Researching, developing and approving new drugs for the commercial market can take years and cost billions of dollars. Associate Professor Fatemeh Vafaee is from the School of Biotechnology and Biomolecular Sciences at UNSW Sydney, and Deputy Director of the UNSW Data Science Hub. She leads a research and development team who are working on building an advanced Artificial Intelligence (AI) platform to fast-track the discovery and development of new drug combinations.

The platform will save the pharmaceutical industry time and money, while delivering targeted therapies to patients who are already in need.

The Algorae Operating System (AlgoraeOS) is a UNSW Sydney partnership with biotechnology company Algorae Pharmaceuticals Ltd.

“The landscape of pharmaceuticals is undergoing a revolutionary shift with the integration of AI into drug discovery and development." 
- Associate Professor Fatemeh Vafaee

Challenges & opportunities

Medical researchers are now using AI algorithms to advance the processing of complex, large-scale data for new discoveries.

AlgoraeOS aims to improve the process of finding and approving new drugs, making the trials process faster and more cost-effective. It does this by supporting targeted approaches to drug repositioning. This is when existing drugs, either alone or in combinations, are applied for new therapeutic uses—effectively treating a wider range of diseases.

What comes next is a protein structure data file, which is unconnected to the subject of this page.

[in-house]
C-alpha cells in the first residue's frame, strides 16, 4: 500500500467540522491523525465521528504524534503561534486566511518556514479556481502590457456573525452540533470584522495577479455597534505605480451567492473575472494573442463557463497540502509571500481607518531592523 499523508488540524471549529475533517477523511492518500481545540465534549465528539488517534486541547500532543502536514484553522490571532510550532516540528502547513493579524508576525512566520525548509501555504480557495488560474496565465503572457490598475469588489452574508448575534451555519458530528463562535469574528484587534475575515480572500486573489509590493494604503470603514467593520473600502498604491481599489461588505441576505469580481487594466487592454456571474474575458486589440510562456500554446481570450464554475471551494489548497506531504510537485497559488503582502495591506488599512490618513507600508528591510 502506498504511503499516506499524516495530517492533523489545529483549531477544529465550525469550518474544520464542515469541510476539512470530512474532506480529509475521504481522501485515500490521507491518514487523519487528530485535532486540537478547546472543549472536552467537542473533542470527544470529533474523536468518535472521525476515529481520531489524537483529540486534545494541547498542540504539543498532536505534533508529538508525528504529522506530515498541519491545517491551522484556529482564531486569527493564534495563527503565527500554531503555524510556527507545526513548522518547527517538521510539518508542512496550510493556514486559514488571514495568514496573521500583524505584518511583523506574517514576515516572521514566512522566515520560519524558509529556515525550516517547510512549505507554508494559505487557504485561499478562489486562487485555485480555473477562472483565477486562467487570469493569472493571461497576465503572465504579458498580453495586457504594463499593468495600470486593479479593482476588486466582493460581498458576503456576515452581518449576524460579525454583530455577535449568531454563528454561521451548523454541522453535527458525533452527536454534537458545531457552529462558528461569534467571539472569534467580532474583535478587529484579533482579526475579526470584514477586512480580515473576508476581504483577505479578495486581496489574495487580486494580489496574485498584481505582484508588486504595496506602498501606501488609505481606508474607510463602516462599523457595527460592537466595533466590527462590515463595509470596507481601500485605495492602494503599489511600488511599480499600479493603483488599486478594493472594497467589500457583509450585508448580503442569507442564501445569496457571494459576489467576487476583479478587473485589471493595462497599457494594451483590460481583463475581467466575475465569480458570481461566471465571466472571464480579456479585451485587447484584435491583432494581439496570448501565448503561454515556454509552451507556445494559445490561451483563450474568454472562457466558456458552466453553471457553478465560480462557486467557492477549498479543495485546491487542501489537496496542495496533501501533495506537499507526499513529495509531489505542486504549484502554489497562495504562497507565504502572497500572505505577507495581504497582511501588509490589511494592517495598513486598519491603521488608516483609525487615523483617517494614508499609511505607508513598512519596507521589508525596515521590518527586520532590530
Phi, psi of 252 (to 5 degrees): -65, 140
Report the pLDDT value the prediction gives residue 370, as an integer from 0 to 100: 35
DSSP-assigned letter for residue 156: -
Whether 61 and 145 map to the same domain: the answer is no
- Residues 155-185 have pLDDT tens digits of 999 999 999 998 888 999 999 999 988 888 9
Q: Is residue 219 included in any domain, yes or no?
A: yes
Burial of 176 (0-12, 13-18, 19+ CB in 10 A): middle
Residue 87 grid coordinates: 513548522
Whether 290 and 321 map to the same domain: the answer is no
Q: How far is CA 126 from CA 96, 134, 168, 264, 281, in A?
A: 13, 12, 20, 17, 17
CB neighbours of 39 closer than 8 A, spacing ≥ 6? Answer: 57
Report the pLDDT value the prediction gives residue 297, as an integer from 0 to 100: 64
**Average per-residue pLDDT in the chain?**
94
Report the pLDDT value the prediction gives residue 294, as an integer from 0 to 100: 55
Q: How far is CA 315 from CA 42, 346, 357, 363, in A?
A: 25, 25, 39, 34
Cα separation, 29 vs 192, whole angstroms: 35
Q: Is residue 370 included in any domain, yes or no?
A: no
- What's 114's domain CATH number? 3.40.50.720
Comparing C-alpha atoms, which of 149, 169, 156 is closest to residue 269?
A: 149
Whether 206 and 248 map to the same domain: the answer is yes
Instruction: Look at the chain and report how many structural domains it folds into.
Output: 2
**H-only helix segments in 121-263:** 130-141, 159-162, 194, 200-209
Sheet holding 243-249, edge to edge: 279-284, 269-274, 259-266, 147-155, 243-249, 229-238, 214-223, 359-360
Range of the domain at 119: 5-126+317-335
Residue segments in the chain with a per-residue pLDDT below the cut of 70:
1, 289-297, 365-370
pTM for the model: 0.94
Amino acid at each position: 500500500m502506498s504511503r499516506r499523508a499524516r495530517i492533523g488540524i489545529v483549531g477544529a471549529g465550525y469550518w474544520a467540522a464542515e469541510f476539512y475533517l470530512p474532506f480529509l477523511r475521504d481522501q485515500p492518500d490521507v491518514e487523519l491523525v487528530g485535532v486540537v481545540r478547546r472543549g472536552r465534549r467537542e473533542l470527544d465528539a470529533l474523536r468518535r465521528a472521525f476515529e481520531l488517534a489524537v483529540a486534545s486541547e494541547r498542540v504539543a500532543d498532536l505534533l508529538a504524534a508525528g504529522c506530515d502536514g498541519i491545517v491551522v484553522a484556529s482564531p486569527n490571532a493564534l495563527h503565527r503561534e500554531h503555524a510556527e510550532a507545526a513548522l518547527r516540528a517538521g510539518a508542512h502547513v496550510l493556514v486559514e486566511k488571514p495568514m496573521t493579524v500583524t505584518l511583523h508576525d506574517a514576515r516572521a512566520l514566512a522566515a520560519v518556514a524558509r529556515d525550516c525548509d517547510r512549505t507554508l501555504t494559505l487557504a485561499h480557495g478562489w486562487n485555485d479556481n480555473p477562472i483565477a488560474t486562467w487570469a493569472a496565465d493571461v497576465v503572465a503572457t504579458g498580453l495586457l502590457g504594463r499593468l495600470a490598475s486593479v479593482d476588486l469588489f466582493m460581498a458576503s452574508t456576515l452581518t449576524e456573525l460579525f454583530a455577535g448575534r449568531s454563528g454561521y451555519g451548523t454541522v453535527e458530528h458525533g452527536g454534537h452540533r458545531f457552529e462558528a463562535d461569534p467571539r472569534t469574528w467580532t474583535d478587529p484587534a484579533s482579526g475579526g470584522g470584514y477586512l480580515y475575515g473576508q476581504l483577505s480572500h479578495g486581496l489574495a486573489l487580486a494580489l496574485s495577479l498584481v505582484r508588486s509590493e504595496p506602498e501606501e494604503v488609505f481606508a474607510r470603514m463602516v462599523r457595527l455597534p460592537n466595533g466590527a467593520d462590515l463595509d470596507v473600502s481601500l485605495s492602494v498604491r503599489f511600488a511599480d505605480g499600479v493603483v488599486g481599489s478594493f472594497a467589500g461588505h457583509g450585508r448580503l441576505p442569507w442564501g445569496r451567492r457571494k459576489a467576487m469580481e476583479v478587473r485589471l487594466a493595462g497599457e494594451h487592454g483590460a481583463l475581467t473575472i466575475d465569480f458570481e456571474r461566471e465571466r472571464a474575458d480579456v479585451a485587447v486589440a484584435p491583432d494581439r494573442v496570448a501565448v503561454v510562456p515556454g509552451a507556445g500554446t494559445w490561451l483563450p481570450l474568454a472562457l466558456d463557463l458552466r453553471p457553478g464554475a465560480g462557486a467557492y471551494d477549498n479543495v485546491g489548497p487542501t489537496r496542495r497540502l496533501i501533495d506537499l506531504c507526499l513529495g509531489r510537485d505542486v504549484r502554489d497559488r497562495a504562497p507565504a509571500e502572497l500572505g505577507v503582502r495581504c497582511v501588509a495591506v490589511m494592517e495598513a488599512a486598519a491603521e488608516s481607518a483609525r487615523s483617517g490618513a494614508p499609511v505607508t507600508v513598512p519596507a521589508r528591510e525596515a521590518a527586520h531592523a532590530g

AI-driven drug discovery and development can potentially revolutionise the pharmaceutical landscape. AI algorithms can enhance the analysis of clinical data, biological data, molecular structures and genetic information, which enables a rapid identification of drug targets with higher precision and efficiency.

AI can also help streamline pre-clinical and clinical study design.

Usually, the pre-clinical stage of drug discovery can take up to 6 years, potentially costing billions of dollars. But AI tools are helping speed up the development process—by repositioning drugs, identifying drug interactions, assessing toxicity, and predicting novel drug targets. This helps guide researchers towards more promising avenues of investigation, and at a lower cost.

The partnership builds upon sophisticated AI models that were already developed by A/Prof Vafaee’s team of data and AI specialists within her Biomedical AI Laboratory.

These existing platforms, powered by advanced computational pipelines and extensive drug datasets, have already achieved notable successes such as repurposing drugs for cancer treatment and predicting synergistic drug combinations effective against SARS-CoV-2.

“AI platforms can analyse complex data generated from large molecular screening profiles, molecular structures, drug mechanisms of action, personal health records, and genetic information."

 - Associate Professor Fatemeh Vafaee.

Forward focused

“We will be using this AI platform to create predictive models that enable the repurposing of existing drugs, either alone or in combinations, for new therapeutic uses with high precision and efficiency, while also expediting benefits and preventing costly failures in the drug discovery pipeline,” A/Prof Vafaee said.

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